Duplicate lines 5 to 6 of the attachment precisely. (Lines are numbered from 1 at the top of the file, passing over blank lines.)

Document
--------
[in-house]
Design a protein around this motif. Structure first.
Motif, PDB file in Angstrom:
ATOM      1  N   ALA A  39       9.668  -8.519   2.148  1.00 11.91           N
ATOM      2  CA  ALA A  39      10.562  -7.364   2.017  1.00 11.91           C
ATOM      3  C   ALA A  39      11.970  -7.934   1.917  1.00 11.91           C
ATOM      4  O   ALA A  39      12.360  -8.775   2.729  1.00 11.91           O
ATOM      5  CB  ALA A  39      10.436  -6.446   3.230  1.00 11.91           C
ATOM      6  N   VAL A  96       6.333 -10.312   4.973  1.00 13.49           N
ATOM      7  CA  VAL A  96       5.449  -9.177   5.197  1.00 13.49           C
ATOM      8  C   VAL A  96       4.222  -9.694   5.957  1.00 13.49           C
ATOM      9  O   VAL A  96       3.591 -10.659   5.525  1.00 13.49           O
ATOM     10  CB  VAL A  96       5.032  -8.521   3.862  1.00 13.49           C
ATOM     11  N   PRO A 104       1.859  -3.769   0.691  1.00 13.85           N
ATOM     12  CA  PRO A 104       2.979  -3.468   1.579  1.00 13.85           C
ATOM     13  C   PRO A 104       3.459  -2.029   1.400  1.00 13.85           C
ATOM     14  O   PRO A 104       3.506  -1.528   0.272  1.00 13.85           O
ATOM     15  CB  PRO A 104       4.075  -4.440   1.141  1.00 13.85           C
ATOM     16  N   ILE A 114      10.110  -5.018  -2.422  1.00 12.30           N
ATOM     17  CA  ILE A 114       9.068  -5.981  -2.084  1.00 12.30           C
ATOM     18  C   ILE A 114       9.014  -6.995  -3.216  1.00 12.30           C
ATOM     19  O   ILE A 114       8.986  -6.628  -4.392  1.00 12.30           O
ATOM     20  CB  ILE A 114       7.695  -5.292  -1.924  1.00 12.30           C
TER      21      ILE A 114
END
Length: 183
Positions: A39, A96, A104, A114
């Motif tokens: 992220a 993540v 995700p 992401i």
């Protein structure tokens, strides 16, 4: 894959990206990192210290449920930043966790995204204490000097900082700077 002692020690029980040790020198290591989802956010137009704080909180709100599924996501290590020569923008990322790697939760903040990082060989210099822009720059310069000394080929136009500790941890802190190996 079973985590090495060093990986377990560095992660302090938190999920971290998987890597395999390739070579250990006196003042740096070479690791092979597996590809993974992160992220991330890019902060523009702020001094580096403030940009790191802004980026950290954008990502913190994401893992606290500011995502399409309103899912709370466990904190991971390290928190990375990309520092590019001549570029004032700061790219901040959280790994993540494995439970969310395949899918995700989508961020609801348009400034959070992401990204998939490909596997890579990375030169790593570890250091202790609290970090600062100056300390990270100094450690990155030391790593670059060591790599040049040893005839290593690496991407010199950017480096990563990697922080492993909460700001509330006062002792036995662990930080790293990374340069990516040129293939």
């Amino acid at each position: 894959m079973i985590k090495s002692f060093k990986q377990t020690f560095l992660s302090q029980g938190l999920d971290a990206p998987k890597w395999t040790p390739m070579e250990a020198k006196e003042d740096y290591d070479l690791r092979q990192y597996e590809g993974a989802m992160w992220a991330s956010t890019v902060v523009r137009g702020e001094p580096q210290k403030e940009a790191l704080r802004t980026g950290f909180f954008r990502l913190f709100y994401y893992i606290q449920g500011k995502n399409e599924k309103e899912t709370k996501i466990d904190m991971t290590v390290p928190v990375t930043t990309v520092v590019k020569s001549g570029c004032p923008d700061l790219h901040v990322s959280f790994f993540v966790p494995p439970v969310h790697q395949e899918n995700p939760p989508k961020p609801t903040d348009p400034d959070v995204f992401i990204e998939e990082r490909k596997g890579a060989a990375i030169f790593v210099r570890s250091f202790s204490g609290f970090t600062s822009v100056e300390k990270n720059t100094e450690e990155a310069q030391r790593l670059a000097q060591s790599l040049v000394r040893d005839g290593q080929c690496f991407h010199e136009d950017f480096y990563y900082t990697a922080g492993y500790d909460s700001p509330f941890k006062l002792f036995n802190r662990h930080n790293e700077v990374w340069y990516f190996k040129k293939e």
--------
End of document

ATOM      2  CA  ALA A  39      10.562  -7.364   2.017  1.00 11.91           C
ATOM      3  C   ALA A  39      11.970  -7.934   1.917  1.00 11.91           C